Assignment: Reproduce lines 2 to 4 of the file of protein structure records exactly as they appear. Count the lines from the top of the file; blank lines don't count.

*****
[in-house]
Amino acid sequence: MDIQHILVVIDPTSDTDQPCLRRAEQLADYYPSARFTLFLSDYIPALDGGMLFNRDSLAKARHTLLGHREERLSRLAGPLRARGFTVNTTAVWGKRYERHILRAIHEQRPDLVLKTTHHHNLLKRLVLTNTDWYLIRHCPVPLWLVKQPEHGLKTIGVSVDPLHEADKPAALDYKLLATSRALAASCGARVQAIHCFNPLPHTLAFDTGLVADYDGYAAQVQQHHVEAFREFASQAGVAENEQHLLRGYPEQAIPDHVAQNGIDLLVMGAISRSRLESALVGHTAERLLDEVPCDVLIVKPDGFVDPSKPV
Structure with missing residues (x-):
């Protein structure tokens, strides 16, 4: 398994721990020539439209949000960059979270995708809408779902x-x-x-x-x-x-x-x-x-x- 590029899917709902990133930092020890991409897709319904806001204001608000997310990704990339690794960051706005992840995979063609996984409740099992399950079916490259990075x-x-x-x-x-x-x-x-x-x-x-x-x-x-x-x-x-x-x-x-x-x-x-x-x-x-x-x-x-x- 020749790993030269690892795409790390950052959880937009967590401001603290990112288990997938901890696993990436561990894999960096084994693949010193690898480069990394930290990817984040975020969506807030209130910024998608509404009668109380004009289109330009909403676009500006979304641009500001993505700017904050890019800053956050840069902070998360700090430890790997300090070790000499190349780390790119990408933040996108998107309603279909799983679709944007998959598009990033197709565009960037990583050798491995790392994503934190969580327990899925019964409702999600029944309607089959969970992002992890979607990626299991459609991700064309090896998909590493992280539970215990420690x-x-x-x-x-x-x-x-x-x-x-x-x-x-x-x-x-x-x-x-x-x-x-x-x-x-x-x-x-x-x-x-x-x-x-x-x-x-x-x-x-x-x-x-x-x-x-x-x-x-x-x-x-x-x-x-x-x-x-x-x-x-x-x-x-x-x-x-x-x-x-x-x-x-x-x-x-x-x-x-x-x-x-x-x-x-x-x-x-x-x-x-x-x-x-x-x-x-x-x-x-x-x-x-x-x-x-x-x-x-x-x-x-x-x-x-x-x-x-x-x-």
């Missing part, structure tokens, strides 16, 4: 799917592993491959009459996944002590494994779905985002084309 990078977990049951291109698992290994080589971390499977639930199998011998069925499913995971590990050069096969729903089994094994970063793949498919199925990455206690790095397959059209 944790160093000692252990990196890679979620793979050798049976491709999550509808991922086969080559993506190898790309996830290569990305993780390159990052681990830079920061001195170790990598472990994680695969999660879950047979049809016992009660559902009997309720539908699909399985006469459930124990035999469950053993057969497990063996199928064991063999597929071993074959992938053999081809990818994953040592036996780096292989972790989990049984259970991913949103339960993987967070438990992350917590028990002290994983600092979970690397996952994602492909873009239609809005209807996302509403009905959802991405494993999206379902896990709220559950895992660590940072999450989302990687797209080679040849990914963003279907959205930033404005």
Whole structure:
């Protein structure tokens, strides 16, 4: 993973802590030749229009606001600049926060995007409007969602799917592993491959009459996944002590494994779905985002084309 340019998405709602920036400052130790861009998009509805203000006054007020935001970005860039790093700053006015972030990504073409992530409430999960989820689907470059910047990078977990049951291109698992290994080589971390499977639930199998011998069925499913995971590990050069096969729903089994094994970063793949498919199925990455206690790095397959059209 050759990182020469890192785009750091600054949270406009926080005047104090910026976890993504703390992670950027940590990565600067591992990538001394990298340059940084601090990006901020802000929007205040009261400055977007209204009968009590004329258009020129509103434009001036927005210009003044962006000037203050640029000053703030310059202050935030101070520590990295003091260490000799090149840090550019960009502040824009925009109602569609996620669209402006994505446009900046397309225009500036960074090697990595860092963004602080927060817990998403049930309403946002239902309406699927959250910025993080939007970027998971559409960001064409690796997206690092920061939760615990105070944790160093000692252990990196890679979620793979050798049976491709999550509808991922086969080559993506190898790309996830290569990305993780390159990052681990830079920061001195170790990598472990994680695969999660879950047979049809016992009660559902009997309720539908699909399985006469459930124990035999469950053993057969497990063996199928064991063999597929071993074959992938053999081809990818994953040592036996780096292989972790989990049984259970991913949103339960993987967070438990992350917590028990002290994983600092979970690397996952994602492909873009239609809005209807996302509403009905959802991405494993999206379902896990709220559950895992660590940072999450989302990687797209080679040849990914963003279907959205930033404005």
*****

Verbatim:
Amino acid sequence: MDIQHILVVIDPTSDTDQPCLRRAEQLADYYPSARFTLFLSDYIPALDGGMLFNRDSLAKARHTLLGHREERLSRLAGPLRARGFTVNTTAVWGKRYERHILRAIHEQRPDLVLKTTHHHNLLKRLVLTNTDWYLIRHCPVPLWLVKQPEHGLKTIGVSVDPLHEADKPAALDYKLLATSRALAASCGARVQAIHCFNPLPHTLAFDTGLVADYDGYAAQVQQHHVEAFREFASQAGVAENEQHLLRGYPEQAIPDHVAQNGIDLLVMGAISRSRLESALVGHTAERLLDEVPCDVLIVKPDGFVDPSKPV
Structure with missing residues (x-):
């Protein structure tokens, strides 16, 4: 398994721990020539439209949000960059979270995708809408779902x-x-x-x-x-x-x-x-x-x- 590029899917709902990133930092020890991409897709319904806001204001608000997310990704990339690794960051706005992840995979063609996984409740099992399950079916490259990075x-x-x-x-x-x-x-x-x-x-x-x-x-x-x-x-x-x-x-x-x-x-x-x-x-x-x-x-x-x- 020749790993030269690892795409790390950052959880937009967590401001603290990112288990997938901890696993990436561990894999960096084994693949010193690898480069990394930290990817984040975020969506807030209130910024998608509404009668109380004009289109330009909403676009500006979304641009500001993505700017904050890019800053956050840069902070998360700090430890790997300090070790000499190349780390790119990408933040996108998107309603279909799983679709944007998959598009990033197709565009960037990583050798491995790392994503934190969580327990899925019964409702999600029944309607089959969970992002992890979607990626299991459609991700064309090896998909590493992280539970215990420690x-x-x-x-x-x-x-x-x-x-x-x-x-x-x-x-x-x-x-x-x-x-x-x-x-x-x-x-x-x-x-x-x-x-x-x-x-x-x-x-x-x-x-x-x-x-x-x-x-x-x-x-x-x-x-x-x-x-x-x-x-x-x-x-x-x-x-x-x-x-x-x-x-x-x-x-x-x-x-x-x-x-x-x-x-x-x-x-x-x-x-x-x-x-x-x-x-x-x-x-x-x-x-x-x-x-x-x-x-x-x-x-x-x-x-x-x-x-x-x-x-």